Lucio Fontana, Rosario de Santa Fé 1899 - 1968 Comabbio
Concetto Spaziale, 1961–62
Acquired from the artist in the 1960s by the previous owner.
Saint Moritz, Robilant+Voena, Lucio Fontana, 4 December 2015–10 January 2016
New York, Robilant+Voena, Lucio Fontana, 6–27 May 2016
After the terrible destruction following two world wars, Fontana asked himself, “What can I now paint?” He felt a need to start again, from the beginning. On returning to Milan from Argentina in 1948, Fontana embarked on his Concetti Spaziali (spatial concepts), his signature series of monochromatic works riddled with buchi (holes) and tagli (cuts), the deep lacerations in the canvases revealing dark realms of mystery and possibility. Complementing them are series of monochrome ceramics, their surfaces slashed and punctured, are at once brutal and serene. With its lustrous surface marked by three of his signature buchi perfectly executed and enclosed within an incised oval, Concetto Spaziale (1961–62) is a beautiful example of the artist’s spatial sculptures.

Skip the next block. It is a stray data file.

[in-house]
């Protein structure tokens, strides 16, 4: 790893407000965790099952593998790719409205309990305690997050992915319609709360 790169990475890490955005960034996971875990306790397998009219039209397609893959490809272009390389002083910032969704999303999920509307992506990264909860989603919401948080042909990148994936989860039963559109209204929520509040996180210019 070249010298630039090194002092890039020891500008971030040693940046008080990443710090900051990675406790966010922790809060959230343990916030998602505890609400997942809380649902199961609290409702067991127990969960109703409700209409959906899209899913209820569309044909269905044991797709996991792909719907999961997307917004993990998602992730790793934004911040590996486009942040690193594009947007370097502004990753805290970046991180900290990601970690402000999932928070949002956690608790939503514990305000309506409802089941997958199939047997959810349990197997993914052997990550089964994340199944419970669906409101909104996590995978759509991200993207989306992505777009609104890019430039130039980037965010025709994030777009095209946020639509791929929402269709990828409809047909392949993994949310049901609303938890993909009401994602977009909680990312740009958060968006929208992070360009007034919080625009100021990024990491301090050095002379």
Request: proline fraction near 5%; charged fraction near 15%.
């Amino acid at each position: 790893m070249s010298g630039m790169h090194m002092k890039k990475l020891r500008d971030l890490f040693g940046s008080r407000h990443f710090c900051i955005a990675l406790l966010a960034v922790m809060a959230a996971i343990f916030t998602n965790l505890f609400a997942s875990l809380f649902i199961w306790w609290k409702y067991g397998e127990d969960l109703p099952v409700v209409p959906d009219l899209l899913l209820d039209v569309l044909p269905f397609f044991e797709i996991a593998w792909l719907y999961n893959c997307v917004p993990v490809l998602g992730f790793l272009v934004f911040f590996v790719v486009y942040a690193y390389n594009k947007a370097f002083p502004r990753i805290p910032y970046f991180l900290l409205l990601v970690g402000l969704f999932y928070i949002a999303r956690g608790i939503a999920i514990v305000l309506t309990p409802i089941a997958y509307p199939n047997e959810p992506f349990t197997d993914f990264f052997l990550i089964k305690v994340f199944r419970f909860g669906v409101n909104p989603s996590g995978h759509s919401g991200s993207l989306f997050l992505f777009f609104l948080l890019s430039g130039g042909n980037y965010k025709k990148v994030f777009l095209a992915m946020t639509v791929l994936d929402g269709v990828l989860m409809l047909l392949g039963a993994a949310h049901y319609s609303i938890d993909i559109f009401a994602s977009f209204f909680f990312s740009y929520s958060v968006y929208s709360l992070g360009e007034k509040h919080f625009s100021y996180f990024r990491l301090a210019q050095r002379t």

Fontana’s buchi initially appeared in his works on canvas around 1948–49, and he continued to experiment with them until his death in 1968; he first translated this gestural motif into his ceramics for the first time in 1951. Created around 1961–62, Concetto Spaziale is a perfect foil for the series of works Fontana created following his first and only visit to New York. Fontana was awestruck by the Manhattan skyline, and realized that he would need to use new materials—namely sheets of metal—to capture the futuristic magnificence of the city’s skyscrapers. Scratching, piercing, and slashing sheets of copper and aluminium, he captured the dynamism and luminosity of the American metropolis. Fontana glazed the terracotta in a rich, glossy brown consonant with copper or brass, while the edges of the buchi glow with silver in a clear emulation of his contemporary work in metal.
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